In the latest International Contact Group (ICG) communique released in Rome, this is what the group had said about “Somaliland”: “The Group acknowledged the progress made by the regionalAdministrations especially in security and governance, including in Somaliland, Puntland and Galmudug and territories under the administration of Ahlu Sunna Wal Jama’a. These efforts should continue to be encouraged andSupported.” See “regional administrations” which I underlined for reader’s particular attention. After London and Dubai talks, this is yet another clear indication from the international community that “Somaliland” will always remain an integral part of Somalia, despite the secessionists spreading disinformation and lies about the intentions of the international community on the issue of secession. The issue of secession, if it ever comes to the negotiating table, God forbid, will be decided by all Somalis, and not by the secessionists in Hargeisa, Burao and Berbera as Professor David Shinn recently said in an interview with Hornnewspaper.com.
The Dubai meeting
Following the London meeting, the TFG and separatists from Hargeisa had issued a joint communique consisting of eight points the highlight of which was to keep talking until a solution is reached. Then in Dubai, it was the turn of the two leaders to give a gloss to the eight-point communique in the presence of UAE’s minister of state for foreign affairs, Dr. Anwar Gargash who clearly emphasized the importance of Somali unity throughout the talks. In Dubai, a further four points were added to the original list the gist of which was, again, to continue talking.
But, as they always do, the secessionists cynically tried to manipulate and highjack the good-natured meeting to their advantage by declaring that the world had finally “recognized” their tribal enclave as a separate entity distinct from Somalia proper. Of course this is no more than outright lies and only the feeble-minded and those who know a little about the intricacies of international relations and the UN charter will take this as an achievement. Let us hope the secessionists have good intentions in the Dubai talks, but my gut feeling is that they only want to create confusion and mistrust between TFG and the other Somali regional administrations, especially Puntland, to derail the road-map and the recent gains in security made by the former so that everything will go back to square one.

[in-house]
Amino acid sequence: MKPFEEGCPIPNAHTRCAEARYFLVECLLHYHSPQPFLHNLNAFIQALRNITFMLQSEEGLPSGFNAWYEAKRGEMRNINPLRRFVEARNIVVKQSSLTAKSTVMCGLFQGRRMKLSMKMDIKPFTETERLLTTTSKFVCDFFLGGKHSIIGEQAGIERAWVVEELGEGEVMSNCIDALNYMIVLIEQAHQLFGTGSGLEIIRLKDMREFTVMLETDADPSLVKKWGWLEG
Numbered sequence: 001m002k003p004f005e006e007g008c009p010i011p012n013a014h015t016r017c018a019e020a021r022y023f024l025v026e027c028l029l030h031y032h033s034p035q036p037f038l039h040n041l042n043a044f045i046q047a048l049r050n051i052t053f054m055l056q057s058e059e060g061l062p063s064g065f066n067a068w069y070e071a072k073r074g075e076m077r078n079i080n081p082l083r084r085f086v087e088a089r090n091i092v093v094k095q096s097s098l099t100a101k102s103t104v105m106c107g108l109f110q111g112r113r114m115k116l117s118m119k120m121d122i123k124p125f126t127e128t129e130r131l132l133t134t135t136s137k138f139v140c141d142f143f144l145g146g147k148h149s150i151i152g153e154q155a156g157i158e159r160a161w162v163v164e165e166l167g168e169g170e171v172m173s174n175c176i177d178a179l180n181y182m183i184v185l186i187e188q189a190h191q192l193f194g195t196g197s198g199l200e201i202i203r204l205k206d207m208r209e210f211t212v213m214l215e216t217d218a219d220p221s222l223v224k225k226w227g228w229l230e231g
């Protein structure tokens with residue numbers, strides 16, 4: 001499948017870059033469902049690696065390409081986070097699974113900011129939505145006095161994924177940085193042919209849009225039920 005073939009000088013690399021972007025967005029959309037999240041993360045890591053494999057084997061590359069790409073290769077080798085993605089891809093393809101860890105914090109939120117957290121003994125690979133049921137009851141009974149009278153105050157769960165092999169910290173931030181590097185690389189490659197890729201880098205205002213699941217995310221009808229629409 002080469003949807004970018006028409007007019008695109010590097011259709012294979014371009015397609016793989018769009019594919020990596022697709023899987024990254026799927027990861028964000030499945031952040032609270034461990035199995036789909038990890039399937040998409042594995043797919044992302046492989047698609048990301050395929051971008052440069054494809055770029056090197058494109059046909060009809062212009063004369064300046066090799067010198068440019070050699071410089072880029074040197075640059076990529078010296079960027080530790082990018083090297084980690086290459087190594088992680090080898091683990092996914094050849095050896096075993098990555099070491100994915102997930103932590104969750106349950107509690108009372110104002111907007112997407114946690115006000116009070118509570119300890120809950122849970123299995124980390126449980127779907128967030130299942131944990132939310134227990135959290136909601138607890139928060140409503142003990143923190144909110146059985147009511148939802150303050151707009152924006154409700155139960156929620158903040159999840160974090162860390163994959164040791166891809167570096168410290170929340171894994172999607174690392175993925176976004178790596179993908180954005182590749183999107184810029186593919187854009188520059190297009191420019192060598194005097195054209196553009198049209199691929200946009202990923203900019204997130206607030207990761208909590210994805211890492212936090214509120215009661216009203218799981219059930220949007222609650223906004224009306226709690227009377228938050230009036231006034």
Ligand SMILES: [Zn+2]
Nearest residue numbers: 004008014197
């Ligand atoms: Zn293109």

One of the key benchmarks of the Road-Map is for the TFG to implement reconciliation with regional entities of Puntland, Galmudug, AWSJ and other civic groups. Although “Somaliland” was not specifically mentioned here, merely because it was not part of the previous reconciliation meetings, it is incumbent on the TFG to initiate talks with any stakeholder including the secessionists in the spirit of Road-Map, Benchmark 3: Political Outreach and Reconciliation. This is what precisely the minister leading the TFG delegation in the London gathering had told the BBC Somali section on Yusuf Garaad’s Friday programme in no uncertain terms. However, the statement made by secessionists’ Dr. Mohamed Abdillahi Omar that “Somaliland” was welcomed in Dubai as an equal partner and a separate government distinct from Somalia is disingenuous and no more than window dressing exercise intended for domestic consumption.
If Dr. Mohamed Abdillahi Omar, the secessionist foreign minister, has to re-do his doctoral thesis on “Somaliland” project, he would fail miserably. One of the key principles of project management is business justification, which is equivalent of international recognition in the case of “Somaliland”. During the life cycle of a project, circumstances can change quickly. If at any point it becomes clear that a return on investment (international recognition in the case of secessionists) is no longer feasible, then the project should be scrapped and no more money wasted. Unless one is in complete denial on the facts of the ground, “Somaliland” project is a classic example of a project failure, with no alternatives plans to fall back. The sad fact is that current and past politicians were pursuing the same failed objectives for more than twenty years in what many political commentators described as an exercise in futility. In psychiatric terms, this is called lunacy. By the same token, “Somaliland” project/patient is clinically dead and only lives on a life-support machine. It is in the best interest of “Somaliland” politicians as well as their isolated people to be part of a new Somali government, as the project they so vigorously followed for all those long years have produced nothing but insolation and misery, at least in political terms.
For the reasons aforementioned and many more, the secessionist enclave called “Somaliland” will never, ever be recognized by the international community as a separate and sovereign entity distinct from Somalia proper. To do so will mean opening a Pandora box for similar clan-based entities to pop up all over the Somali peninsula.
by Mohamed F Yabarag